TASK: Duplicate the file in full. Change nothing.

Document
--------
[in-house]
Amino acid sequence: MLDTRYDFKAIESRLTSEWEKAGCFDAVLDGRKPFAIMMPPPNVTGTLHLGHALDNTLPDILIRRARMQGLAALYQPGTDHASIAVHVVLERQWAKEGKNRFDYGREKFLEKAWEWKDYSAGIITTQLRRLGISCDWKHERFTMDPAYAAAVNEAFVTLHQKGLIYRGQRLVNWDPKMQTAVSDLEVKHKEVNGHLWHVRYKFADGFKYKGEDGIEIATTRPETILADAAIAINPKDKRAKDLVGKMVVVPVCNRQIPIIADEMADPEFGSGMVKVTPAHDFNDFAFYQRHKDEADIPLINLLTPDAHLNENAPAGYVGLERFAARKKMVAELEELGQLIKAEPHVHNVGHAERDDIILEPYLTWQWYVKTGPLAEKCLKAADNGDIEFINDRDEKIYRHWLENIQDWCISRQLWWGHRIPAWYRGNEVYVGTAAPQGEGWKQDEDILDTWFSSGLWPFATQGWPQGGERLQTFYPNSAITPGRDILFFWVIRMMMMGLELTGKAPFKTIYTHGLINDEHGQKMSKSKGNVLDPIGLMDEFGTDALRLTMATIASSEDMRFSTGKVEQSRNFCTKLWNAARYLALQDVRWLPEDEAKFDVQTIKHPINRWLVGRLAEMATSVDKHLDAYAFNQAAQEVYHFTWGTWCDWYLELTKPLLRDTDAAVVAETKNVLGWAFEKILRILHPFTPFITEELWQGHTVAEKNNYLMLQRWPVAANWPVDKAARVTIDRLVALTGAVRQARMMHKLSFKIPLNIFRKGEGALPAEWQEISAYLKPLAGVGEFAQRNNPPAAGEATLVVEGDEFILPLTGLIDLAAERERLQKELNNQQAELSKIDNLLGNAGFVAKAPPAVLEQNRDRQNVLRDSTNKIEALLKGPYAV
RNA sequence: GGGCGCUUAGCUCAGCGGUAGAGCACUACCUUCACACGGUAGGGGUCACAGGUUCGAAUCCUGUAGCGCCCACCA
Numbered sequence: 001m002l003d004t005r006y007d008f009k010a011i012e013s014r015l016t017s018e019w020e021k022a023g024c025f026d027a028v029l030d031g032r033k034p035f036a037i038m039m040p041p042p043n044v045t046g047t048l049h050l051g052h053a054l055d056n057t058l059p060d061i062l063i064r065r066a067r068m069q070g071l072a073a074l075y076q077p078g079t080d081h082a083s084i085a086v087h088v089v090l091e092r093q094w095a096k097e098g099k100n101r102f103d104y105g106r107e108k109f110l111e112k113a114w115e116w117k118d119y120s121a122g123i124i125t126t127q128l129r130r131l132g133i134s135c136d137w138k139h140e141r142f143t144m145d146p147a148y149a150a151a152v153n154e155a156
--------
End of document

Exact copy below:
[in-house]
Amino acid sequence: MLDTRYDFKAIESRLTSEWEKAGCFDAVLDGRKPFAIMMPPPNVTGTLHLGHALDNTLPDILIRRARMQGLAALYQPGTDHASIAVHVVLERQWAKEGKNRFDYGREKFLEKAWEWKDYSAGIITTQLRRLGISCDWKHERFTMDPAYAAAVNEAFVTLHQKGLIYRGQRLVNWDPKMQTAVSDLEVKHKEVNGHLWHVRYKFADGFKYKGEDGIEIATTRPETILADAAIAINPKDKRAKDLVGKMVVVPVCNRQIPIIADEMADPEFGSGMVKVTPAHDFNDFAFYQRHKDEADIPLINLLTPDAHLNENAPAGYVGLERFAARKKMVAELEELGQLIKAEPHVHNVGHAERDDIILEPYLTWQWYVKTGPLAEKCLKAADNGDIEFINDRDEKIYRHWLENIQDWCISRQLWWGHRIPAWYRGNEVYVGTAAPQGEGWKQDEDILDTWFSSGLWPFATQGWPQGGERLQTFYPNSAITPGRDILFFWVIRMMMMGLELTGKAPFKTIYTHGLINDEHGQKMSKSKGNVLDPIGLMDEFGTDALRLTMATIASSEDMRFSTGKVEQSRNFCTKLWNAARYLALQDVRWLPEDEAKFDVQTIKHPINRWLVGRLAEMATSVDKHLDAYAFNQAAQEVYHFTWGTWCDWYLELTKPLLRDTDAAVVAETKNVLGWAFEKILRILHPFTPFITEELWQGHTVAEKNNYLMLQRWPVAANWPVDKAARVTIDRLVALTGAVRQARMMHKLSFKIPLNIFRKGEGALPAEWQEISAYLKPLAGVGEFAQRNNPPAAGEATLVVEGDEFILPLTGLIDLAAERERLQKELNNQQAELSKIDNLLGNAGFVAKAPPAVLEQNRDRQNVLRDSTNKIEALLKGPYAV
RNA sequence: GGGCGCUUAGCUCAGCGGUAGAGCACUACCUUCACACGGUAGGGGUCACAGGUUCGAAUCCUGUAGCGCCCACCA
Numbered sequence: 001m002l003d004t005r006y007d008f009k010a011i012e013s014r015l016t017s018e019w020e021k022a023g024c025f026d027a028v029l030d031g032r033k034p035f036a037i038m039m040p041p042p043n044v045t046g047t048l049h050l051g052h053a054l055d056n057t058l059p060d061i062l063i064r065r066a067r068m069q070g071l072a073a074l075y076q077p078g079t080d081h082a083s084i085a086v087h088v089v090l091e092r093q094w095a096k097e098g099k100n101r102f103d104y105g106r107e108k109f110l111e112k113a114w115e116w117k118d119y120s121a122g123i124i125t126t127q128l129r130r131l132g133i134s135c136d137w138k139h140e141r142f143t144m145d146p147a148y149a150a151a152v153n154e155a156